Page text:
Recently we celebrated the first 25 years of Mayerson Academy at our Be Your Best. Move the World. event and invited participants to tell us what it means to “be at your best.” 150+ partners and friends who celebrated with us captured their thoughts on paper speech bubbles and the collective results evidence some interesting themes.
For our celebratory evening, we invited guests to “come curious and leave inspired.” The thoughts they shared certainly inspired us. The most oft-stated response categories can be summed up simply.
The largest pile of sorted responses included everything from “Strive for Excellence” to “Being my best means always giving 100%.” Reading these responses, you get a strong sense of bravery and zest from the authors; a sense that when they are at their best they are giving it their all, with tremendous energy and enthusiasm. They do not let anything/anyone temper their commitment!
Another frequently cited aspect of being at our best deals with being authentic in our actions. These responses attributed acting with honesty as helping one to be their best, as exemplified by comments like, “Be[ing] your best means being your full self,” “Living out all aspects of my identity,” and “STAY[ing] TRUE to your inner self.”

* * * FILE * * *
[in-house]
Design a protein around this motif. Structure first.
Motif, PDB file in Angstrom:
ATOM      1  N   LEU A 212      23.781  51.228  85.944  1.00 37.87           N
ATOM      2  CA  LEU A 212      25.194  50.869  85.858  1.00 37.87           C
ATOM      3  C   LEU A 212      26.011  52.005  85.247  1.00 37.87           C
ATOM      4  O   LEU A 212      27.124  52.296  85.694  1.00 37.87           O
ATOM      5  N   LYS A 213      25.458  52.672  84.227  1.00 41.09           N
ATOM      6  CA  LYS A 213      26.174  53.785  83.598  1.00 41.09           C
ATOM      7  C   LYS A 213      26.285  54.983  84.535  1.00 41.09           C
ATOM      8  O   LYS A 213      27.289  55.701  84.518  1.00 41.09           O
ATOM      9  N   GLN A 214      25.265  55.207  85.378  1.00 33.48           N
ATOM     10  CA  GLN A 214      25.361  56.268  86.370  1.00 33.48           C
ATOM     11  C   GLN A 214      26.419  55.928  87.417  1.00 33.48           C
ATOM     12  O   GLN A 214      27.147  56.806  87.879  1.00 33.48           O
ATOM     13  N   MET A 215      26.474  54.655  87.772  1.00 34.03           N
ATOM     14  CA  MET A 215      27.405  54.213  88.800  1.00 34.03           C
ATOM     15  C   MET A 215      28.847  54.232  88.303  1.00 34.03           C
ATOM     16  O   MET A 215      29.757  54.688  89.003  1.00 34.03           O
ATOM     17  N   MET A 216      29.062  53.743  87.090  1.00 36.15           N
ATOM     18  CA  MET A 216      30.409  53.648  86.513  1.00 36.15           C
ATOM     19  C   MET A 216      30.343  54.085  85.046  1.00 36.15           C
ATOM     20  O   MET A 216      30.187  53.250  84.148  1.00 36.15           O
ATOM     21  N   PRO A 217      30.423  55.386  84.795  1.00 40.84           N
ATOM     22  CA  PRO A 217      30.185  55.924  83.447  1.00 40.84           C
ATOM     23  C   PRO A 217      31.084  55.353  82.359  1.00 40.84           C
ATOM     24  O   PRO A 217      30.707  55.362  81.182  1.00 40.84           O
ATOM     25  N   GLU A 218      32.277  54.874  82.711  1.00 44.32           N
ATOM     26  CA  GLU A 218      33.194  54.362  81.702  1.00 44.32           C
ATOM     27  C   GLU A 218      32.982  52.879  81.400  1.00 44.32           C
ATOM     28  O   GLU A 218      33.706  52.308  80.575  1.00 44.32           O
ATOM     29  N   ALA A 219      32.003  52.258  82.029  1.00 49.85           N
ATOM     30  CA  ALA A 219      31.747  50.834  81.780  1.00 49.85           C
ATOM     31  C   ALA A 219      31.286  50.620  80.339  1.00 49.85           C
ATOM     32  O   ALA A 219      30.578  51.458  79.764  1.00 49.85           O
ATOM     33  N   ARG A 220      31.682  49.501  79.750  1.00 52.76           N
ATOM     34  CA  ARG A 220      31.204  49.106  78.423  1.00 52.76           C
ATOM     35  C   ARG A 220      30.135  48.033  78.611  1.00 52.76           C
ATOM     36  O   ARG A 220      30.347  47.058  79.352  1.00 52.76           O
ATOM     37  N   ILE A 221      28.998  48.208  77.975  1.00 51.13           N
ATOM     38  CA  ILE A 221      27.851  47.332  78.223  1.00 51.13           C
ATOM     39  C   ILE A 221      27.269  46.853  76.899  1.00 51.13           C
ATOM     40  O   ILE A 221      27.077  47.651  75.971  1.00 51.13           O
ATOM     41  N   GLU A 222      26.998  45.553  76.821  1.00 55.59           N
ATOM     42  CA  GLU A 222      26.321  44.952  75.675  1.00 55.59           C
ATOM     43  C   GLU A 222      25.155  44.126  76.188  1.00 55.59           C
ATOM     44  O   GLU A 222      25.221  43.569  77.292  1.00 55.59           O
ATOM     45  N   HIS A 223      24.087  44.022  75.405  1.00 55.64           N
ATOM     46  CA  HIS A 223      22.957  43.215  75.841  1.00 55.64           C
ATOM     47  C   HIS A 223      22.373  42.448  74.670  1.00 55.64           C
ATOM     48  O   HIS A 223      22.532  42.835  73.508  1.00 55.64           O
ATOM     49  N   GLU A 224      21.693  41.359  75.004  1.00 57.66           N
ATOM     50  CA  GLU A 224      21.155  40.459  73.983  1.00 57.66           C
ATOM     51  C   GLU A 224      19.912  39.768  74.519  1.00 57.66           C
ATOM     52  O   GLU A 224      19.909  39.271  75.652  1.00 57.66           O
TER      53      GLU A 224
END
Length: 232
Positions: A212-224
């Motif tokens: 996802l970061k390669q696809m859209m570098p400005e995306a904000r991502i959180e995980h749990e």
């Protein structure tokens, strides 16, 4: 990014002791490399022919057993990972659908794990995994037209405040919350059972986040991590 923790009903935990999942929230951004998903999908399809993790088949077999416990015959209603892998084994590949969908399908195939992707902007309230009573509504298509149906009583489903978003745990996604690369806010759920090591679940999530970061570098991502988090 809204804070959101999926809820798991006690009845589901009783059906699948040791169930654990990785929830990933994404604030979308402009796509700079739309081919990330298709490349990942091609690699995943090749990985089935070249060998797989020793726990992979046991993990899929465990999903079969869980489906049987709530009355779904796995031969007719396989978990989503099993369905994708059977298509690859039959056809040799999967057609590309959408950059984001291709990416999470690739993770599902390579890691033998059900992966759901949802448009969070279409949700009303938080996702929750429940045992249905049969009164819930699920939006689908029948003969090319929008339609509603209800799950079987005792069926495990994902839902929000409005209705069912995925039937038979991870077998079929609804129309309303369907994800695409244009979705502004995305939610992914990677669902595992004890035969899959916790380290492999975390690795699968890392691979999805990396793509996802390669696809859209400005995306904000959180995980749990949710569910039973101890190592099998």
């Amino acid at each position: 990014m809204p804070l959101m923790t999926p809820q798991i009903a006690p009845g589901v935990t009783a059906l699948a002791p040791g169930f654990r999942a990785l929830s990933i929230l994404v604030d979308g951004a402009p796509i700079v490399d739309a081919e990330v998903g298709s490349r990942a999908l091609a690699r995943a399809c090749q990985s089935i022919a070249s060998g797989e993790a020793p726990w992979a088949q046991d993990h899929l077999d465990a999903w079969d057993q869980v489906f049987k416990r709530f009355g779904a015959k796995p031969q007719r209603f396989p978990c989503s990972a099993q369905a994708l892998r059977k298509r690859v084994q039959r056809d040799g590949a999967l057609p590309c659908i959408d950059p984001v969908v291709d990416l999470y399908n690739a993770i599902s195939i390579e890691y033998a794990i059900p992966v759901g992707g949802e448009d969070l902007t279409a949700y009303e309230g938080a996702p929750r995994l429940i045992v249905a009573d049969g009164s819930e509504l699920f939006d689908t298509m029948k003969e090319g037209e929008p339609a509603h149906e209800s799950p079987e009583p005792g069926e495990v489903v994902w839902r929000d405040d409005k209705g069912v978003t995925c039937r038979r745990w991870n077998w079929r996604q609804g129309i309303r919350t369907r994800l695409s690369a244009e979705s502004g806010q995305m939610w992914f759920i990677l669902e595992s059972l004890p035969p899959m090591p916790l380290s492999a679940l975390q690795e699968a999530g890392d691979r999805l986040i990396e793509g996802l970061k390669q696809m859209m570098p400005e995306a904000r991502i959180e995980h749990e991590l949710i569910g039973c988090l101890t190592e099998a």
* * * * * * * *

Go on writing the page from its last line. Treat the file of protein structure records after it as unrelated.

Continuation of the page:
Together, the ideas of “working hard” and “being true” beautifully embody the virtue of courage.
Care for Others.
A final theme that gathered a large number of responses came from people who felt they were at their best when they were elevating other people. The humanity on these cards warms your heart with responses including, “Always see[ing] the BEST in everyone,” “Ensur[ing] I help someone get closer to a goal every day” and “Giving of myself to others,” and many other similar ideas.
Based on my experiences, there is tremendous wisdom in these simple ideas – that we have the opportunity to be at our best when we work hard, are true to ourselves and care for others – and there is no greater gift than helping someone be at their best. But how might we take up this challenge/opportunity in our roles as parents, executives, teachers, friends, etc?
A simple exercise I am going to adopt to see if I can get better at finding my best and helping others do the same is to ask the questions below related to the themes above.
1. Do I encourage setting goals that are sufficiently worthy and demanding to inspire an all-out effort?
2. Am I helpful in appreciating and reminding the people around me about their unique capacities and giving plenty of space for the productive expression of their uniqueness?
3. Can I create opportunities for individuals to interact in a way that they are more aware of each other’s goals and aspirations so that they may assist, support and encourage one another?
I am eager to see where these questions might take me in my quest to help others and myself be the best version of ourselves. If you are thinking about this, too, I would love to hear your ideas and stories.